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Analysis of Ice-Induced Damages to a Cargo Carrier and Implications wrt. Rule Requirements
Norwegian University of Science and Technology, Faculty of Engineering Science and Technology, Department of Marine Technology.
2014 (English)MasteroppgaveStudent thesis
Abstract [en]

In this thesis, an ice-induced damage to a DNV-GL registered cargo ship is investigated by looking into its damage survey report, and running nonlinear finite element analyses. The analyses are used for regeneration of the damage deformations and estimation the damage loading. The results are compared with design and capacity ice loads calculated from DNV-GL and IACS' rule requirements for the ice class of the ship studied, \cite{DNV_ICE}, \cite{IACS_PC}. The Finnish-Swedish Ice Class Rules (FSICR), which are adopted by DNV-GL, and the International Association of Classification Societies Unified Requirements for Polar Class (IACS UR PC), are derived and explained with focus on plating and framing requirements. From the rules design loads and capacity loads for the frames in the side bow of the case study ship, are calculated and applied to three different finite element models for analysis. The first model is a single frame with plate flange. The second is two neighbouring frames with two tripping brackets in between. The third model is the ship side damage area. In addition to the design loads from the rules, five proposed load cases are analyzed for the ship side model. The resulting model deformations are compared with deformation measurements from photos given in the surveyor report, in order to evaluate the applied load cases. A resemblance in the deformations indicates a load case that resembles the original damage load. The analyses of the frame models with design and capacity loads form the rules show that the frames have a considerable amount of capacity beyond the rule calculations. In one of the analyses a frame capacity of $15MPa$ is obtained, while the design capacity is $5MPa$. For the ship side model, only one of the five proposed load cases proves to be successful. Measurements of the deformation of the model are done, and they coincide with the photos where the deformations are large, but give a poor match elsewhere. A pressure of $6.9MPa$ over an area of $5.8m^2$ is needed to reproduce the largest of the deformations seen in the photos. The ship side analysis shows that a force about ten times the FSICR design load, or twice the IACS PC design load, is needed to produce the deformations seen in the photos. The large difference in the ratio for the FSICR and the IACS PC force originate from the difference in the size of the load application area. The rules appear to present very conservative design loads, as the finite element analyses reveal a considerable amount of load carrying capacity beyond the design load level. This is because the rules are derived to be conservative, hence, they are not suited for calculation of the actual capacity of a structure. For the ship side model, an ice class 3-5 notations higher than the notation it is classified for is needed to withstand the damage loading, depending on how the numbers are evaluated. This implies that the ship in question has been sailing in waters with ice conditions it was not designed for. Due to a lot of uncertainty related to the photo measurements, and the many assumptions made for the analyses' input, an uncertainty is related to the output of the analyses, and the conclusions based on these. This thesis is conducted in cooperation with DNV-GL, Tankers and Dry Cargo Section, Høvik, Norway. They supplied survey reports, ship drawings, and supervision along the way. The vessel documents are applied anonymously within the production of this report. In order to realize the true potential of ice damage investigation, more precise documentation of the scale of the actual damages must be recorded.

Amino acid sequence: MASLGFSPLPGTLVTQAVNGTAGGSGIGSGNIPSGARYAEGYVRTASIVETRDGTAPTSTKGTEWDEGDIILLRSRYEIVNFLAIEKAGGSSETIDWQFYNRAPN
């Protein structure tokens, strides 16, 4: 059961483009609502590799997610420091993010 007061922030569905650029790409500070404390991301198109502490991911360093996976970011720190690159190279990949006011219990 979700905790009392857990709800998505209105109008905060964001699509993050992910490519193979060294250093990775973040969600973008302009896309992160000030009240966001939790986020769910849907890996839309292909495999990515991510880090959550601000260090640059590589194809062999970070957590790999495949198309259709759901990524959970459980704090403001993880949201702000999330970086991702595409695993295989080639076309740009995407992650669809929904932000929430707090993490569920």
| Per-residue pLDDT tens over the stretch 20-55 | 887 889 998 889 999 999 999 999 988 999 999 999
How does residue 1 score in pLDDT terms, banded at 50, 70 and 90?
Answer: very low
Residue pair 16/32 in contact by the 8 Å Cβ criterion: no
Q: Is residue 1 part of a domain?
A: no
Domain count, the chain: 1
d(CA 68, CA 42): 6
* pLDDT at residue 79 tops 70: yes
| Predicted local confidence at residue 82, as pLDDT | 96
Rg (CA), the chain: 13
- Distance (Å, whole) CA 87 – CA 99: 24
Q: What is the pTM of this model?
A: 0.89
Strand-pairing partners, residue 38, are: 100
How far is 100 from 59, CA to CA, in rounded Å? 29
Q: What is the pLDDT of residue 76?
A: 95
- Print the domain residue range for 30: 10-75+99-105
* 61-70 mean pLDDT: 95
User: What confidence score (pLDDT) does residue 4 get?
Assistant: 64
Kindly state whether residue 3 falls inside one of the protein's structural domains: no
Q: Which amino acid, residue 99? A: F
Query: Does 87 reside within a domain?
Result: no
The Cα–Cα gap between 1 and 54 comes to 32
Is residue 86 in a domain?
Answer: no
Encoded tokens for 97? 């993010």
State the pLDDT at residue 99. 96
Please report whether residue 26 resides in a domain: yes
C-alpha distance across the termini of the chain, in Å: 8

Place, publisher, year, edition, pages
Institutt for marin teknikk , 2014. , 142 p.
URN: urn:nbn:no:ntnu:diva-25089Local ID: ntnudaim:10737OAI: diva2:730491
Available from: 2014-06-27 Created: 2014-06-27 Last updated: 2014-06-27Bibliographically approved

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